Along with the past seven years that the federal funds rate has stayed between 0 and 0.25 percent, the consequence of increased federal regulatory requirements for financial institutions is fewer commercial banks can sustain enough income to continue operating.
And the undeniable tendency is a polarization of the surviving institutions to be the ones with the largest assets.
The low fed rate and derivative prime loan rate have strangled a major revenue stream for commercial banks – interest income from loan – resulting in reduced Return on Equity (ROE) for investors.
A 10 percent ROE is considered the break-even point with a bank’s capital cost. While only two of the 10 largest banks in the country recently exceeded a 10 percent ROE, the advantage large banks have is an economy of scale in the cost of compliance with state and federal regulations, as well as providing the technology many consumers have come to expect with their bank accounts.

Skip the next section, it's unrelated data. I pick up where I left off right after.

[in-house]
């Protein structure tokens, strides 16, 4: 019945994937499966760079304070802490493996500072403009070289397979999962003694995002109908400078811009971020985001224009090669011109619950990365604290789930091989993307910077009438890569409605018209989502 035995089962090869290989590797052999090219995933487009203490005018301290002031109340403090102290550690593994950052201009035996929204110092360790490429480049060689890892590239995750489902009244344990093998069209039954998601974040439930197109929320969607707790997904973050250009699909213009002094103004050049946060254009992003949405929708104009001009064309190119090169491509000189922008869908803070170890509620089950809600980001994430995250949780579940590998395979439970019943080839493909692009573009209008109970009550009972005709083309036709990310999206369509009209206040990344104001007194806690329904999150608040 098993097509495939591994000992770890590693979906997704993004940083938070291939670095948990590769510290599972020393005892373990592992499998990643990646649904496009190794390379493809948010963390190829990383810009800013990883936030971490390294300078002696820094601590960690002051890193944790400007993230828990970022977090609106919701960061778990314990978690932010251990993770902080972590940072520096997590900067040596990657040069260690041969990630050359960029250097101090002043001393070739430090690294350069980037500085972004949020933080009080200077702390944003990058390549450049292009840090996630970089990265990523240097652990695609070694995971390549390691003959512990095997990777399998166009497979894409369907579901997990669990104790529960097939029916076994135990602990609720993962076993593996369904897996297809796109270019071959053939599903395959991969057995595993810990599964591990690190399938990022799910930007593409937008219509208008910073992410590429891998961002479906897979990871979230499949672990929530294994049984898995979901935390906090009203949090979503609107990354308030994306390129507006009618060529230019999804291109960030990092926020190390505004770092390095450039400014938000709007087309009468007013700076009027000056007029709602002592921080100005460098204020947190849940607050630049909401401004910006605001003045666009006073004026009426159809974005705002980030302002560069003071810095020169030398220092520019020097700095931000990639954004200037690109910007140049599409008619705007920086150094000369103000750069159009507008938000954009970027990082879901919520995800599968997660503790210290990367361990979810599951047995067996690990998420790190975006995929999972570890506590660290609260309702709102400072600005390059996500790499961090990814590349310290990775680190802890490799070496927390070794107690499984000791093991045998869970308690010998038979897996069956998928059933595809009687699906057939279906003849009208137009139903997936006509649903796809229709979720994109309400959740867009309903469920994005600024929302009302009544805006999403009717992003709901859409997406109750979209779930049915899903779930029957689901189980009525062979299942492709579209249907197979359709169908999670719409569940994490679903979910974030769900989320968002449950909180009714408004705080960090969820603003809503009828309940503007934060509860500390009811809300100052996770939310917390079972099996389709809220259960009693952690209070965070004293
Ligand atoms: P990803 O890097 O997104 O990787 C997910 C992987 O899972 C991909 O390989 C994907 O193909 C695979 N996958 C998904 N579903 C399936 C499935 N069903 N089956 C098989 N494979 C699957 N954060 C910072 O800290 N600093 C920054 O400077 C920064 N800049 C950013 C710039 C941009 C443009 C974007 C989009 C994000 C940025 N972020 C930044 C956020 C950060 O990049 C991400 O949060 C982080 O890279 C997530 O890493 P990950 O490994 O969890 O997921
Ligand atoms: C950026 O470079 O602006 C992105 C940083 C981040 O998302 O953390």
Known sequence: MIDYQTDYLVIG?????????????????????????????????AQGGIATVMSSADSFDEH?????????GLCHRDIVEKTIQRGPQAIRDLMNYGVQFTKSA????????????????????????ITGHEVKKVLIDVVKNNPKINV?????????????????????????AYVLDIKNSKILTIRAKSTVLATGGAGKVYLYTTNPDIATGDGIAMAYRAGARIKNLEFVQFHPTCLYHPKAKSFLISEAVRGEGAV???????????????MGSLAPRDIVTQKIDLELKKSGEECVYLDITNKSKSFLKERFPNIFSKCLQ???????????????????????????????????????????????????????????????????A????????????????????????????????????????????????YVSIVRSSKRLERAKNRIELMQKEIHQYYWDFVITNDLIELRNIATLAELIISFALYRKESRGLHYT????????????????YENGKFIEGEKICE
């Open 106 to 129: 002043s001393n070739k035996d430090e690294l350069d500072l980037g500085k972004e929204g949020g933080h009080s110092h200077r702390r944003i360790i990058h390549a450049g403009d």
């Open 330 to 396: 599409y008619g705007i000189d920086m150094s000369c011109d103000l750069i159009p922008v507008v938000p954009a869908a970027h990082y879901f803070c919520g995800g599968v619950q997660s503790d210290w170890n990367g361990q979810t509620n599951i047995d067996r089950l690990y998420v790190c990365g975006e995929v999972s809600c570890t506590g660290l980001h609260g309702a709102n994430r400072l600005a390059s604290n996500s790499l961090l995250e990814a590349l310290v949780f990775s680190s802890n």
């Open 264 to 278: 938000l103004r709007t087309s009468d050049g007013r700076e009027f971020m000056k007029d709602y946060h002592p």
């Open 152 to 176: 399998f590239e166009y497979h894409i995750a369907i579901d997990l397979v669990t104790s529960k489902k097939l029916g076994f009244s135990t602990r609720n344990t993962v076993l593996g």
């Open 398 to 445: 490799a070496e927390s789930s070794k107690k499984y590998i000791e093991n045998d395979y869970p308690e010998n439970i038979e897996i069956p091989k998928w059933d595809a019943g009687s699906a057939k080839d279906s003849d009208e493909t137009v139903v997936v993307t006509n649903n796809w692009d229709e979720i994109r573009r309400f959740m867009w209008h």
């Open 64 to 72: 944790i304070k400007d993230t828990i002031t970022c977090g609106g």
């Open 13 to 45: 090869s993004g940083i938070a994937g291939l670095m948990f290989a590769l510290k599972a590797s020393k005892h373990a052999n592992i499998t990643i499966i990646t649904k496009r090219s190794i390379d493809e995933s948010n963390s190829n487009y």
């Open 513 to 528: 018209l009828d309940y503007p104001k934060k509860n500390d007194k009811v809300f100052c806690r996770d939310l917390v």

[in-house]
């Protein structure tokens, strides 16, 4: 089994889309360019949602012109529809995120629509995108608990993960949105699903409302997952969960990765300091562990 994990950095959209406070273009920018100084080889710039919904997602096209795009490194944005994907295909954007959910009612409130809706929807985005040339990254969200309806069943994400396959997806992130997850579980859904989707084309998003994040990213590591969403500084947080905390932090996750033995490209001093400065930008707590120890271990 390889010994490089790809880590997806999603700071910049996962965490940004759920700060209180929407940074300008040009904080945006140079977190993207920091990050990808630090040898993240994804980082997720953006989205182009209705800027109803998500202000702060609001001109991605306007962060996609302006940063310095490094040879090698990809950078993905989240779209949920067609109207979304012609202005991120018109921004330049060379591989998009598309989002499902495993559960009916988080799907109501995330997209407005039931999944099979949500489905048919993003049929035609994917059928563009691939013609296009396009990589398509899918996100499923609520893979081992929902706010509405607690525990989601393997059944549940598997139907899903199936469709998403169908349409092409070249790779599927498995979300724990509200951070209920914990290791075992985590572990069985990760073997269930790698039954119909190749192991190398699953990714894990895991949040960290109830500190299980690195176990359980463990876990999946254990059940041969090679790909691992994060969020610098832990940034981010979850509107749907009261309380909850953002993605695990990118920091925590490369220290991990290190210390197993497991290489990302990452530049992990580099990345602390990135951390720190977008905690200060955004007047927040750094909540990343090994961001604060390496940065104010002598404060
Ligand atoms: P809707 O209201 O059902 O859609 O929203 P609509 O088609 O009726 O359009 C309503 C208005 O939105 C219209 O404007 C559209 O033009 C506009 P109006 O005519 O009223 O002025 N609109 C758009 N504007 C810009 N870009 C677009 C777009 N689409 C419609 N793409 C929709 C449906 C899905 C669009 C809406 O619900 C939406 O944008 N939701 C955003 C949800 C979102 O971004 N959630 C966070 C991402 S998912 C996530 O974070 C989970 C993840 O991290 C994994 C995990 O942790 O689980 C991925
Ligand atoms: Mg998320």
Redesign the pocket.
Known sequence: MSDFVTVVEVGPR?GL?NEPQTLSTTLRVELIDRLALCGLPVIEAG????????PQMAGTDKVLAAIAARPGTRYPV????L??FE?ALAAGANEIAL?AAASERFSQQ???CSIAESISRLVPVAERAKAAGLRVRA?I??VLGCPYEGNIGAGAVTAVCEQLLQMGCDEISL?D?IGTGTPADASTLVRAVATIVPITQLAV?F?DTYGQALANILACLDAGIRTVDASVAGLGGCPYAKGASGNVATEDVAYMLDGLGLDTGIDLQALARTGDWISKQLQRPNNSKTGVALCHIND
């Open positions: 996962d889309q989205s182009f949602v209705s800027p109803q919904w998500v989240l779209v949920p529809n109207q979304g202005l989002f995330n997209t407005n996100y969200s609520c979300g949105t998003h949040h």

The FDIC reported that between June 2009 and June 2015, the industry lost nearly 1,100 of the 2,680 banks with assets below $100 million. The number of banks with assets between $100 million and $1 billion dropped more than 10 percent in the same period (down to 3,315). By contrast, the number of banks with more than $1 billion increased. The long-term perspective is the total number of commercial banks has shrunk from nearly 10,000 in 1995 to fewer than 5,500 as of June 2015. The current trajectory is the industry loses about 250 banks a year.
There is no reason to believe there will be a resurgence in smaller financial institutions. Even if the fed rate increases, allowing a more traditional profit margin on consumer lending, the overhead costs of operating a small bank likely will remain prohibitive to compete with larger banks on technological services, such as smart phone applications, online banking, remote loan applications, and the security and compliance necessary to sustain such services as well as operations.
• Brad Stewart is an attorney with Zukowski, Rogers, Flood & McArdle in Crystal Lake. Stewart mainly practices corporate and local government law. He can be reached at firstname.lastname@example.org.